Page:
Cake of Monday: Grandma’s Sponge



We'll need a trip to Auntie Narelle and the return of my Dad to fact-check this, but I'm pretty certain this is it. This is the champion sponge. It's incredibly light, it's got flavour, and it's moist. It's everything you want in a sponge (if you take them as seriously as I do) and obviously I really need to get out more but heck this sponge is exciting. EXCITING. 



Thanks for all your input you lovely folk, particularly those who took the time to locate and email links. Auntie Narelle also located some of Grandma's recipes and copied and posted them to me, confirming the Fielder's Sponge suspicion. Does it really need a particular brand of cornflour? I don't know. I'll inevitably try it with a different brand because we buy in cornflour to make the Buena Vista Farm egg custard and it's not Fielder's. I went and bought the right stuff (our IGA stocked it) in honour of Grandma who was obviously brand loyal for a reason. (I hasten to say there is nothing at all sponsored about this post!! I'm not going to come over all Rolling's Reliable, I promise!! … And if you get that reference we're soulmates for life you and I.) 

Anyway, it's delicious. As I made it, it rang bells. Oh YES. The triple sifting, I remember that. Actually, as I got to the end, I remembered why I stopped making sponge cakes in favour of other cakes all those years ago. It creates so many dishes! When you've got delightful butter cakes or orange cakes which have similar nuances and you've only got one bowl to wash up after, you've got to really really love the sponge to keep it on top of the list. 


I'll stop pursuing the sponge for now. Although I will make a trip to Auntie Narelle with one soon, and I'll make one for Dad when he gets back from tripping around the country.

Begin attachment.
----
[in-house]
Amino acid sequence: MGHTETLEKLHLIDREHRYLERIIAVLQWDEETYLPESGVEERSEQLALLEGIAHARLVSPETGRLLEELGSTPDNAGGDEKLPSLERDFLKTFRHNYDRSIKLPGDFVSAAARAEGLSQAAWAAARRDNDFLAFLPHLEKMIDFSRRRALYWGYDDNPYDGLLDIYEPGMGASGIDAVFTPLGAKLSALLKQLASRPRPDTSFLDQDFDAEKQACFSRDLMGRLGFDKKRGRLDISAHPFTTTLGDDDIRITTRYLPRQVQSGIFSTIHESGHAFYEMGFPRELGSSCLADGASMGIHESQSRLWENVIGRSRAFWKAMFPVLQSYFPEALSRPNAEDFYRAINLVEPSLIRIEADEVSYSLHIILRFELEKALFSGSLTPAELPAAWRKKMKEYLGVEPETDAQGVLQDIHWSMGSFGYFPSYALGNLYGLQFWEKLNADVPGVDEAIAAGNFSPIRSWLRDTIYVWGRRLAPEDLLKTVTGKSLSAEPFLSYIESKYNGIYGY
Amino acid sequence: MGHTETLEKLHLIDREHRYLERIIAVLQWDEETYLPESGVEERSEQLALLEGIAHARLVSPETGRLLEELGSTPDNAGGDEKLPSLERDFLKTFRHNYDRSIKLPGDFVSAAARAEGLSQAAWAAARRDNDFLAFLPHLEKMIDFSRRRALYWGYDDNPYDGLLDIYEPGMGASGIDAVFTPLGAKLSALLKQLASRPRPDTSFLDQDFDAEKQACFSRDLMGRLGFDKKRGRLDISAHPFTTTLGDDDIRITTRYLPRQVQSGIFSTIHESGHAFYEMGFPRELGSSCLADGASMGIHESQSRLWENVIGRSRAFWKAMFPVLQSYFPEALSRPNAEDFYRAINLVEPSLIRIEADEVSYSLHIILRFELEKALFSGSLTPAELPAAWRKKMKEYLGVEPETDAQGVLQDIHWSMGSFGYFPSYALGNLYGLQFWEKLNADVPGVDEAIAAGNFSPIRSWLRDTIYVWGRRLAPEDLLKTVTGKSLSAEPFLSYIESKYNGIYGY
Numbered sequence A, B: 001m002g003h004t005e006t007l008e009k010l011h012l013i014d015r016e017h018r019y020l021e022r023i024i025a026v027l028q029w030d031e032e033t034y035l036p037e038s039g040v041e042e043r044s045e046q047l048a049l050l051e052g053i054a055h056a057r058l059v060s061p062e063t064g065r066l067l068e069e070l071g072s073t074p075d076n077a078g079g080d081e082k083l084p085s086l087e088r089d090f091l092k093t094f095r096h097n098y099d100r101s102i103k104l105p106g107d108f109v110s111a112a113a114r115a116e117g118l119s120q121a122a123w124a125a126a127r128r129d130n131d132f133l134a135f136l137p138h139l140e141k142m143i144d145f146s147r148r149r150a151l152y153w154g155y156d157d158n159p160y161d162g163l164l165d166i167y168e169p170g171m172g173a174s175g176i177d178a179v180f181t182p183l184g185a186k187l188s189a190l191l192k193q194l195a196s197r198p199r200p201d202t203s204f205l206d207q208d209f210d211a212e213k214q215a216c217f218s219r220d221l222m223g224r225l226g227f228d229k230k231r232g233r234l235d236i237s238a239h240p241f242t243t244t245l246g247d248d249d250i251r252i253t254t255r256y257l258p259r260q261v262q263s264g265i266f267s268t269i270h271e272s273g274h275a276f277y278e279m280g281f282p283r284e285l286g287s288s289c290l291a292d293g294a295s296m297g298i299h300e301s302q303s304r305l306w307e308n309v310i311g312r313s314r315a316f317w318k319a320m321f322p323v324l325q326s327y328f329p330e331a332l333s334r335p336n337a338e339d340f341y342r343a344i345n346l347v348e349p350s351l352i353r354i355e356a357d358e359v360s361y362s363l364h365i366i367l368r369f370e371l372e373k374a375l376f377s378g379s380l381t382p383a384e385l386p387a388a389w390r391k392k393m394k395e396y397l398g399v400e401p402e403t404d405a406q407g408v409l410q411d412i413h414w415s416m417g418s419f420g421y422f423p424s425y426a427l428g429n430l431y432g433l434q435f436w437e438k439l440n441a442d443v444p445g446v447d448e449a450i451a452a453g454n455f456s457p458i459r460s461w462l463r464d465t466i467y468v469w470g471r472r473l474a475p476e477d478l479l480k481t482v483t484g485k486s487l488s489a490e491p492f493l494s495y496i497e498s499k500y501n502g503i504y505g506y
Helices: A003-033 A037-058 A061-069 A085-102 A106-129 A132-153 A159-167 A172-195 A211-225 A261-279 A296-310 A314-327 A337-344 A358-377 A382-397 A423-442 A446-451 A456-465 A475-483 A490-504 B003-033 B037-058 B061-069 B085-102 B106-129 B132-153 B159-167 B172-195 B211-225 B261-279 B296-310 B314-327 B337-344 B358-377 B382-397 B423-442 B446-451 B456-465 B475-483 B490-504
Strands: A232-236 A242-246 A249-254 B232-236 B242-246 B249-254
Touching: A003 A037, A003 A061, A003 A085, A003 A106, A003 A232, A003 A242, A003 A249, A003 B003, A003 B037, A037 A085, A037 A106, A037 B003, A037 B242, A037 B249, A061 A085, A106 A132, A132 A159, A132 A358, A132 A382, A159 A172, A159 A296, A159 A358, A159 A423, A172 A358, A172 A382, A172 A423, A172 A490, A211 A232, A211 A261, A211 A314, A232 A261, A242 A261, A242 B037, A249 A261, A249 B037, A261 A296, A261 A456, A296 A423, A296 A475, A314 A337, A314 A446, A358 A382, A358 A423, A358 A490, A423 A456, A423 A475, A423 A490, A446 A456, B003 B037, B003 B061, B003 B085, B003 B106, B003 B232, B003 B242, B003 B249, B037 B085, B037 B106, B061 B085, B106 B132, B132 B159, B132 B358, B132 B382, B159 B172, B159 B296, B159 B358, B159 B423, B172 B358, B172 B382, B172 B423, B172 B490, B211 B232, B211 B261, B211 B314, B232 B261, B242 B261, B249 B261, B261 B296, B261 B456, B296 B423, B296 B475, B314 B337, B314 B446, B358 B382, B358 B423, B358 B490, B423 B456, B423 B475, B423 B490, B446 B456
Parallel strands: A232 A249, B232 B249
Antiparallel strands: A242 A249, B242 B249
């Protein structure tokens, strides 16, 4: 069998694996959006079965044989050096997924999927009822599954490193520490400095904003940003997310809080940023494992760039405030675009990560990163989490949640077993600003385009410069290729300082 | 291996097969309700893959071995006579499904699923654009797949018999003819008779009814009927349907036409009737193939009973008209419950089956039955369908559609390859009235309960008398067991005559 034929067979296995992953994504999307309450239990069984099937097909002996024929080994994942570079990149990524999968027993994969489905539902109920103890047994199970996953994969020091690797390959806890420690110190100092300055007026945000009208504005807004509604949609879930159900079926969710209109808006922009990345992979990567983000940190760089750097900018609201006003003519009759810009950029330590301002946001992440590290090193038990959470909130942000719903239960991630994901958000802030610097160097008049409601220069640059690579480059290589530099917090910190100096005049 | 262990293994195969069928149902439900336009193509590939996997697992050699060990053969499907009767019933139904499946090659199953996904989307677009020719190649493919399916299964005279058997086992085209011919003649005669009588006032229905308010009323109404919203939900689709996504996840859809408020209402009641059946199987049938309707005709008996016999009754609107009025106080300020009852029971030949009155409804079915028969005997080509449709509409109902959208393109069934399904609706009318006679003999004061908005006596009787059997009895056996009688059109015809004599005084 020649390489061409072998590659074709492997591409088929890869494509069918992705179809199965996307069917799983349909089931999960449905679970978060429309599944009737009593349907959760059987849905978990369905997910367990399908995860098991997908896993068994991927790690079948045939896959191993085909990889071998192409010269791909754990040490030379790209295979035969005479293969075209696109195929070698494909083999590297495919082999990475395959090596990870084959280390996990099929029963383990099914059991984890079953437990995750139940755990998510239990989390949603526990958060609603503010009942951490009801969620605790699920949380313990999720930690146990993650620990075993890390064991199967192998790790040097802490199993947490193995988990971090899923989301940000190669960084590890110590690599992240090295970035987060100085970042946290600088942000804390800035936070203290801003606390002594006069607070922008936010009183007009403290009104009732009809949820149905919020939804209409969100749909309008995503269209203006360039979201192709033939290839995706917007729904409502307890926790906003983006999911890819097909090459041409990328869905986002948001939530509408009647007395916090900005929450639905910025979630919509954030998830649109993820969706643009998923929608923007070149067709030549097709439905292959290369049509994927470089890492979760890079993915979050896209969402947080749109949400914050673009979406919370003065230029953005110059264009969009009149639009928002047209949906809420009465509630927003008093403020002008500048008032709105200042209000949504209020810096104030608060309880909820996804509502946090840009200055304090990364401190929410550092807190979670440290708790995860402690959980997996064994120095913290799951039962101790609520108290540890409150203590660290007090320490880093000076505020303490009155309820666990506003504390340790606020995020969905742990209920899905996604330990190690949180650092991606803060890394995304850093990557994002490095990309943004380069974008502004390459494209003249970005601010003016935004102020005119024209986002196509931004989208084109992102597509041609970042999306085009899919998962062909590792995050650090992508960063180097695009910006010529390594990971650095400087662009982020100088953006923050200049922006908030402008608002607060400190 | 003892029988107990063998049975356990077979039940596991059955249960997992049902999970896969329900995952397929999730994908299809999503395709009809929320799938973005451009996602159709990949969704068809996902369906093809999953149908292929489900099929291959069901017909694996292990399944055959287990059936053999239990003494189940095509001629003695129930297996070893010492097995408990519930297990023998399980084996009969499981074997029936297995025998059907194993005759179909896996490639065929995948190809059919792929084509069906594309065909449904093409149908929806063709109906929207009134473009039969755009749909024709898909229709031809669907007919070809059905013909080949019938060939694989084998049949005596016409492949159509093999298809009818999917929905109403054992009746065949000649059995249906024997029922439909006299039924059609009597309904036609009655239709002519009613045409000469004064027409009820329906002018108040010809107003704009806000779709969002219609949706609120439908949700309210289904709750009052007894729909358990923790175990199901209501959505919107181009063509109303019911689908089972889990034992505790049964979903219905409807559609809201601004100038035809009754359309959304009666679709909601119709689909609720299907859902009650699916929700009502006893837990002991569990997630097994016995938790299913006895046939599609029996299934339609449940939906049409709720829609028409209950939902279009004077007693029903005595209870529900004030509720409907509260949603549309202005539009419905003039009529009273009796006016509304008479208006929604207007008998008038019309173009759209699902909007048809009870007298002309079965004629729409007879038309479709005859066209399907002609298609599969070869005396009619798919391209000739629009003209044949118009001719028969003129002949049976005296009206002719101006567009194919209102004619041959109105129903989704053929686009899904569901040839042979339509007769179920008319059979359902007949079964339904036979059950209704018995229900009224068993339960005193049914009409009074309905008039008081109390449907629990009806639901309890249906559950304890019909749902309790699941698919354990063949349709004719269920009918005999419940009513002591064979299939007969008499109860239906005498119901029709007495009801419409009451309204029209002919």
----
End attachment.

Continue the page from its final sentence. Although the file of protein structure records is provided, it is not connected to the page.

Maybe one day in the faraway future someone will turn up at my door with my Mum's passionfruit shortcake, a very long time after she'd last made it for me. Food is evocative. I'd cherish every bite. Because a cake is never just a cake, particularly when it's someone's signature. It's a sweet reminder of kitchen hours and bowl lickings and tea time treats. 

I hope you make this, and love it, and that someone else washes up. 



Grandma's Sponge (AKA Fielder's Famous Sponge Cake)


3 eggs (separated) 

pinch salt 

¼ teaspoon vanilla essence 

½ cup castor sugar 

⅔ cup cornflour 

1 slightly rounded tablespoon plain flour 

1 level teaspoon baking powder 


Pre-heat oven to 190°C.  Grease, flour and line 2 x 20cm round cake tins with baking paper.

Beat egg whites with salt until soft peaks form. 

Gradually beat in sugar, a little at a time, then continue beating until stiff. 

Add egg yolks and vanilla essence, beat until combined. 

Sift together 3 times – cornflour, plain flour and baking powder, then add to egg mixture.  

Carefully and lightly fold mixture together using a wooden spoon or spatula. Do not stir. 

Divide batter evenly between two pans and bake 18-20 minutes. 



Notes: I didn't fill mine with cream as I had none handy, and just used jam. I was in a bit of a hurry to get out the door with Adam to pick up kids from school and continue onto Berry and Nowra to deliver boxes eggs to restaurants and pick up a hired ute to do the chicken run tomorrow (meat birds going to the abattoir). It's a racy script. The photo's were taken in a thirty second window and whacked into a container to placate hungry kids on the drive. I don't recall Grandma typically using fresh cream, and in the clipped-together recipes Auntie Narelle sent, there was a 'mock cream' recipe of 3oz butter + 3oz sugar + 1 tbsp hot water which is what I remember being her sponge filling.

I'll ask Dad, I'm sure he'll know. 




27 Comments on “Cake of Monday: Grandma’s Sponge

May 13, 2013 at 10:30 pm

This looks just like my Granny’s fat-free sponge that she used to make in Yorkshire! Now I’m on the hunt for her recipe – thanks for reminding me of the memory 🙂 x